Carter Deflective, Reflective On Record-Setting Assist
MORGANTOWN, W.Va. – It wasn’t entirely a work of beauty, but West Virginia did what was necessary in securing the 85-70 win over Iowa State on Saturday.
The No. 21 Mountaineers started slow, then hit stride and pulled away in the second half, leading by double digits for the majority of the final 15 minutes. It wasn’t a statement game – far from it – but it was yet another win (that’s 21 on the season) while being able to refrain from allowing any second half surges or potential comebacks.
This one was thorough and authoritative, exactly how it should have been against a floundering Iowa State team which was without two starters and offered up just a two-man bench because of injury and other personal circumstances. The Cyclones entered losers of five of six, and any thoughts of another flat, uninspired performance like the egg WVU laid in Ames on Jan. 31 were quickly dismissed.
Jevon Carter got his record-setting assist within the first four-plus minutes, finding Esa Ahmad on the perimeter at the 15:59 mark as the forward hit a three-pointer. It was No. 500 on the career for Carter, who pushed over the hump and became the fifth player in NCAA Division I history and the first from a power conference to amass at least 1,500 points, 500 rebounds, 500 assists and 300 steals. That, in a nutshell, is the centerpiece individual story in a game that played out exactly as expected.
Carter is WVU’s all-time steals leader at (303 plus this game), and he joined Iowa State’s Monte Morris and Kansas’ Kirk Hinrich as the only Big 12 players to have 1,500 points, 500 rebounds and 500 assists in a career. That he’s also the defending National Defensive Player of the Year speaks volumes about his overall game, and the crowd showed its admiration in kind, saluting the senior with a standing ovation though the next 30 seconds of play and into the deadball timeout.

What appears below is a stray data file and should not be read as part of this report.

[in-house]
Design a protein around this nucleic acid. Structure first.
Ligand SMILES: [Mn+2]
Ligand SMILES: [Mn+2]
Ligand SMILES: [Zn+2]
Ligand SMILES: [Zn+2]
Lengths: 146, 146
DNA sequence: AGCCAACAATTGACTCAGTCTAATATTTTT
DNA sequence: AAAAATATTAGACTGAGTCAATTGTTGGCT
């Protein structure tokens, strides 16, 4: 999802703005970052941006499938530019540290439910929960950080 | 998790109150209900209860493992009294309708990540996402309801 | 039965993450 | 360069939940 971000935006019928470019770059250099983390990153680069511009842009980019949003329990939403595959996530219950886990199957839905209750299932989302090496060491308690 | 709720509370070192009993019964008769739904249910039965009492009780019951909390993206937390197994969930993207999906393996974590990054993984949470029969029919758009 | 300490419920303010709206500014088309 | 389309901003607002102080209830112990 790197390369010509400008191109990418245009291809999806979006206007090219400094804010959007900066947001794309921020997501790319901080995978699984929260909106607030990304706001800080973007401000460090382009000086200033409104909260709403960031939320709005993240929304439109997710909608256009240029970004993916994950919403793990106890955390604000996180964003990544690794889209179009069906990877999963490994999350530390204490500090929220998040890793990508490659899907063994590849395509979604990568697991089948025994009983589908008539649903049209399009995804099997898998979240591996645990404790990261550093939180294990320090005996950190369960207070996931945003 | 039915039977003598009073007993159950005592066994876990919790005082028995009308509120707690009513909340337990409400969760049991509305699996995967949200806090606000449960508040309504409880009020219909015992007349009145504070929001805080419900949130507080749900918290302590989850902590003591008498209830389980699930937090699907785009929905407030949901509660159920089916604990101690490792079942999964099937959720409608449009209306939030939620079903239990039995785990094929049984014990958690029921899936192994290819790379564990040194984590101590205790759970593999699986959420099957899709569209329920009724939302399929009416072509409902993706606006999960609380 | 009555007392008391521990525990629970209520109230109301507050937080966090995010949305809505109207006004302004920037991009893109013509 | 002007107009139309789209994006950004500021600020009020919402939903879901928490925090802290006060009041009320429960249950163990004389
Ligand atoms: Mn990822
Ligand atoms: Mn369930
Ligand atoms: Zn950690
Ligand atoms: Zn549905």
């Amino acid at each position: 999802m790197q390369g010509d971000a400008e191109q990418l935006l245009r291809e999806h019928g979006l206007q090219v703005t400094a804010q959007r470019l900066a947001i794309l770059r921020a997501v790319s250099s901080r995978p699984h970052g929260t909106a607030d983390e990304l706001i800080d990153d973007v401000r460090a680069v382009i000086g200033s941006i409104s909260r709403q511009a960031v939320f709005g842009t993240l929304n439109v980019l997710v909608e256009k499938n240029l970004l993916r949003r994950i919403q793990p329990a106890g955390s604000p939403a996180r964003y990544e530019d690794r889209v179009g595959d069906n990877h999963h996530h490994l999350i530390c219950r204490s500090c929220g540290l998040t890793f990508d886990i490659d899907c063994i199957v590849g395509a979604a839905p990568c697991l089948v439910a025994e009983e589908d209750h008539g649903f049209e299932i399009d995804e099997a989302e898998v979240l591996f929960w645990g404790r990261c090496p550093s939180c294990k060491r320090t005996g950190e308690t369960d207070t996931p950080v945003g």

When Carter’s feat was announced, the guard stayed stone faced, listening to instructions from head coach Bob Huggins while the 14,205 in attendance cheered among the greatest accomplishments in school history. Carter finished with a team-high 24 points thanks to a late flurry that saw him turn a 60-49 lead into a 71-53 romp with little more than five minutes left via nine points in 93 seconds.
“I really didn’t notice until everybody started cheering,” Ahmad said. “It felt good. I thought they were cheering for me, but they were cheering for JC. It was good. I was happy he passed it to me and I was able to knock it down.”
Ahmad was asked how long he’d remember the moment.
“Forever,” he said.
That might be how long this stat stands. This is among those rarest of attainments, one that takes years upon years of diligent excellence mixed with a special kind of perseverance and determination. This isn’t an accomplishment built in 12 months or two years. It’s one amassed over four years at the major intercollegiate level for a player who has now appeared in 136 career games, playing more than 4,000 minutes. In that time Carter has racked up 1,612 points, 510 rebounds, 501 assists and a 303 steals.
That’s in addition to being named both the NABC Defensive Player of the Year and Lefty Driesell Defensive Player of the Year, the Big 12 Conference Defensive Player of the Year and to the All-Big 12 second team – and that was just last season. There will be far more hardware following this season, something appreciated more by Carter’s teammates than himself.
“It’s a great job,” senior backcourt mate Dax Miles said. “He works hard. When we first met, I just thought he was trying to prove something (with his defense). But he just kept going with it.”
Miles has had a front row seat – or rather floor view – for nearly all of Carter’s accomplishments, and has come away impressed and, at times, motivated himself. Miles has had an outstanding career himself, and few know the Baltimore native has started 116 games – which is a dozen more than Carter. Both have made an indelible mark on the program, and both will make that final walk down the rolled out carpet when the Mountaineers play host to Texas Tech in the home finale’ Monday night.
“It’s not just me,” Carter said when told Miles tagged him as the player that turned the WVU program around after a handful of down seasons in the middle of Huggins’ tenure. “It was all the guys who came in with me. We all came and bought in and did whatever Huggs told us to do. We went out and played as hard as we could.”
It’s resulted in both Big 12 Tournament and NCAA runs, and Carter is more focused on building upon that than the accolades.
“Our fans have been great all year from start to finish,” Carter said. “They come out and support. I just want to give them everything that I can. I only know how to play one way, so that’s just how I play.”